I am going travelling for 2 months in S.E Asia then off to Australia for at least a year.
I am looking to get suncream to take to Asia with me, but I am wondering what's the best amount to take? I will be using the all day stuff so won't need as much. However, I was wondering should I take two weeks/three weeks supply or try and stock up for the whole two months in Asia as I have heard it is very expensive to buy over there?
I wouldn't take any more than one bottle as it will be a pain to carry around any more than that. I don't recall sunscreen being particularly expensive in SE Asia but I might be wrong.
Sun cream is easy to buy in a number of countries in Asia in pharmacies like Boots, Watsons and the like.
I have been in hot countries for months at a time and don't use it. I suspect that it can play a part in cancers as in many chemicals with the addition of heat. You don't find people who spend all their time living in those countries under a hot sun developing skin cancers.
Though you often can't avoid going out in the sun, you can avoid sun bathing and such. At best a sun cream will merely limit UV damage to your skin cells.
Do wear reasonable quality sun glasses to protect your eyes.
Suggesting you don't need to worry too much about sun protection is just irresponsible. People who live in hot countries and have darker skin have more protective melanin, which is why they are safer, but still not immune. If your skin is not used to such exposure, you are at increased risk of significant skin changes leading to skin cancer (which may trouble you many years later). It's right to say sun cream will only protect you to some extent, so avoiding spending so much time in the sun as to allow your skin to get burned is key.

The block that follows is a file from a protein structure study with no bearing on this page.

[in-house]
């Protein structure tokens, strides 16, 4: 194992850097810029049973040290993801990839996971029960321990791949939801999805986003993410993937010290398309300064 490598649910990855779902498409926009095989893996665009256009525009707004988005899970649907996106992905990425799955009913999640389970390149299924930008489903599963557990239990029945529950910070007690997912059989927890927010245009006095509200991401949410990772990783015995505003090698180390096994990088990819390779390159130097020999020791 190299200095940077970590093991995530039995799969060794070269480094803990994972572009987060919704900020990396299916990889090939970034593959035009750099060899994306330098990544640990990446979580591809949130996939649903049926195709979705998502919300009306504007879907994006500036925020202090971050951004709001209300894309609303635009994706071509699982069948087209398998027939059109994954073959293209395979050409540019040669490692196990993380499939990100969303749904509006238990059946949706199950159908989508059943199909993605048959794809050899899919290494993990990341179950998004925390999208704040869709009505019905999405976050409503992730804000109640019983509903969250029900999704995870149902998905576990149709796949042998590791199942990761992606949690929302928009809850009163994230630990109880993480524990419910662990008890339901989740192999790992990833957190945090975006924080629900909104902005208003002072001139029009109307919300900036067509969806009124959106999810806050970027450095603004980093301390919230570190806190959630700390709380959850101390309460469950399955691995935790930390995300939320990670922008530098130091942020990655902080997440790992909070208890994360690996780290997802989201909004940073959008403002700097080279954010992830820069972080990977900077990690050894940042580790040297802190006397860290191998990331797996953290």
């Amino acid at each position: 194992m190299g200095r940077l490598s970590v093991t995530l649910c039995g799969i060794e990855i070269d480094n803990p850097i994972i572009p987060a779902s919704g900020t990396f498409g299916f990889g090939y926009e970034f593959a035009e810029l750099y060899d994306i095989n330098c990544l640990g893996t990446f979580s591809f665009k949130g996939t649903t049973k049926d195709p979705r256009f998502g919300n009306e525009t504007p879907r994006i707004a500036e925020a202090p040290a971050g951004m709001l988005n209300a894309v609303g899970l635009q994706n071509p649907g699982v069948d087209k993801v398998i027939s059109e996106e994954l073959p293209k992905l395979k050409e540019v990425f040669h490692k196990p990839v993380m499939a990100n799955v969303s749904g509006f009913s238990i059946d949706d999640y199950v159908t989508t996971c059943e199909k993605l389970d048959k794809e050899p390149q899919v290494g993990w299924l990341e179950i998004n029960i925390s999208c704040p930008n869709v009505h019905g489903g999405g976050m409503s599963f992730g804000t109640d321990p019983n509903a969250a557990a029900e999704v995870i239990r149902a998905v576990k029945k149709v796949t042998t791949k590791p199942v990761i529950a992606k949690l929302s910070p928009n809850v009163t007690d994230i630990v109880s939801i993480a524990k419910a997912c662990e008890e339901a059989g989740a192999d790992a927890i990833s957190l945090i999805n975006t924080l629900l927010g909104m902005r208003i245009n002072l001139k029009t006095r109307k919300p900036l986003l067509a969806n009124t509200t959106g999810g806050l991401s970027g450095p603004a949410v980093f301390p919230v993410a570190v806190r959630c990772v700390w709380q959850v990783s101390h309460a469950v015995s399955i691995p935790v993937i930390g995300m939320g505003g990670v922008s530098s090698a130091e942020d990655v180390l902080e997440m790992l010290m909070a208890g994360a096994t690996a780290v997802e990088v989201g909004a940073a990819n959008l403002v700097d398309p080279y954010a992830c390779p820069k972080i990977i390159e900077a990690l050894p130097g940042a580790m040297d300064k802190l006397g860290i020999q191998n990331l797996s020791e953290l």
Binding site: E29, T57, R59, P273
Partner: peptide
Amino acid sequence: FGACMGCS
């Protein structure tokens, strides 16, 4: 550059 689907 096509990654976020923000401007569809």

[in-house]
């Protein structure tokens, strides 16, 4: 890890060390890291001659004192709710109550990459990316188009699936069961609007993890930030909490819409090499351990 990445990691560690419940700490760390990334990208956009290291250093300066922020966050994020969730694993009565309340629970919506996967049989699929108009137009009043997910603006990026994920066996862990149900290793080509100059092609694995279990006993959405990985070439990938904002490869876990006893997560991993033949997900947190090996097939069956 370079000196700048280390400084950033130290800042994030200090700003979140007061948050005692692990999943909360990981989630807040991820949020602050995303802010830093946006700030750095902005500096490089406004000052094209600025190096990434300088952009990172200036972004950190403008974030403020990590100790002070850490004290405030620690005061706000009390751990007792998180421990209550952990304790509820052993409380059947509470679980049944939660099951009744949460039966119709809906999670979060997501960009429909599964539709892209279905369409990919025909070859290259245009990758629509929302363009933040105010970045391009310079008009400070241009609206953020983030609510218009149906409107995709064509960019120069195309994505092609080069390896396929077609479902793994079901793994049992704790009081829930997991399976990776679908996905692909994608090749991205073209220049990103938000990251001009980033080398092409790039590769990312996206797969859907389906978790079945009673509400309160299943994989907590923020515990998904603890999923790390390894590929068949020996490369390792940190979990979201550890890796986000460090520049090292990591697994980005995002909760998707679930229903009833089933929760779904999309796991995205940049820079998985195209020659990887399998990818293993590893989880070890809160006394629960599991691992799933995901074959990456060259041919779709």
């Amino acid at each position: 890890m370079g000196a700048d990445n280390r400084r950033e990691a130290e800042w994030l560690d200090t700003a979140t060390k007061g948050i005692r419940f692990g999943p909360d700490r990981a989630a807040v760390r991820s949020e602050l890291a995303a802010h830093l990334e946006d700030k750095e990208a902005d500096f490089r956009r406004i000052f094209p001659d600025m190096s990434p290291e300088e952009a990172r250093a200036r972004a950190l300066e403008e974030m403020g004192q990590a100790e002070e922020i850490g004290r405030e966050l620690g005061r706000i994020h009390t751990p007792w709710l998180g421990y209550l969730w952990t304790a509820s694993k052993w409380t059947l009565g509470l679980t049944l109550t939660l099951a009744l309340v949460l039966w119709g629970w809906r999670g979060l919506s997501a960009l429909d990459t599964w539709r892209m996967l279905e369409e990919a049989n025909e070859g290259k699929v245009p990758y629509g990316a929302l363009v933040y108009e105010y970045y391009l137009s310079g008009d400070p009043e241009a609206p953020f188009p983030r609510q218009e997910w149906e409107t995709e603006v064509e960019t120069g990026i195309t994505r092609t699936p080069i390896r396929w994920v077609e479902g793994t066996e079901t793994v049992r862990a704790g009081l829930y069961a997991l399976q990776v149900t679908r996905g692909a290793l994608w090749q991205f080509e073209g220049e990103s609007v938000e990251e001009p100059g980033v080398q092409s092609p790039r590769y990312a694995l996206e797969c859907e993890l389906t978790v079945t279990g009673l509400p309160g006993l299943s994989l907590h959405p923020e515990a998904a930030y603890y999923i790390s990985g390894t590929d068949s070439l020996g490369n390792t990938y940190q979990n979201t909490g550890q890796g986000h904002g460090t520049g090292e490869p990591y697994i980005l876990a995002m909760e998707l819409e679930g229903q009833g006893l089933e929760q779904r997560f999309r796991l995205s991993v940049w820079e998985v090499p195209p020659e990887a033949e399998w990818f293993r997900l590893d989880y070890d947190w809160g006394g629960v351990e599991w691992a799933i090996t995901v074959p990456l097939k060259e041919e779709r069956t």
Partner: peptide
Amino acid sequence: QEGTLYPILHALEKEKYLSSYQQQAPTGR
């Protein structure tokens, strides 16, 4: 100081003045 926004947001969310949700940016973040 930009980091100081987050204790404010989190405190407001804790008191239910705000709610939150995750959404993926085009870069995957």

Take a higher factor the longer you plan to be in the sun!
Don't worry too much about this. You may bring just 1 bottle of it for your convenience. It easy to find suncream in Asia shop like pharmacies,super market,market or convenience stores and the price isn't that bad. Anyway, it depend on which country you are going to and due to the cost of living there and "brand" but in my opinion especially country in SE asia,price is ok and varieties of brands also.
Hope you enjoy for your trip!
Just take one bottle with you and buy once your there. They sell it everywhere and be sure to buy the named products, such as Nivea. Dont buy the cheaper unamed products, as I had friends who did this in Loas, and by the evening they were very burnt! So basically it had no protection. You will be fine with the Nivea suncream, though, Im fair skinned and did not burnt at all.
No problem picking up sun protection in Thailand and other countries in this part of Asia.
Just remember to put this sunscreen solution in your checked in bag. If you take it on the plane in your carry on bag it could be confiscated.
keefster. I have been taking winter holidays in the sun for over 30 years and been to places like Tunisia where a few hours in the desert meant I got back on the coach with a noticeably darker skin. The same on Lake Toba in Sumatra. I spent five weeks wandering around in Egypt, often under a very hot sun and two lots of 7 weeks wandering around India, where in one place it was so hot that after a few minutes on a station platform the heat burnt through the soles of my plimsolls (and socks) forcing me to get back on the train, as well as getting roasted wandering along beaches in Goa and Kerala.
And I still have good skin without any signs of skin cancer (I do know what to look for).
As with a cigarette, when it is lit, some 4,000 chemicals are produced from the burning tobacco, so when you put a toxic sludge on your skin in the belief that it will protect you, it too releases many different chemicals as the UV and heat acts on it.
A few of many sites on the matter:
There is also:
UVB is known to cause sunburn and skin cancer, so sun creams were originally designed to block out only the UVB. We now know that UVA can also cause skin cancer and, these days, some sun creams block out a lot of UVA as well as UVB. However, the main concern is that, because sun creams prevent burning, they make people think they can spend much longer in the sun, which will definitely increase their risk of getting skin cancer.
Without sun cream your skin will let you know when you have had enough sun.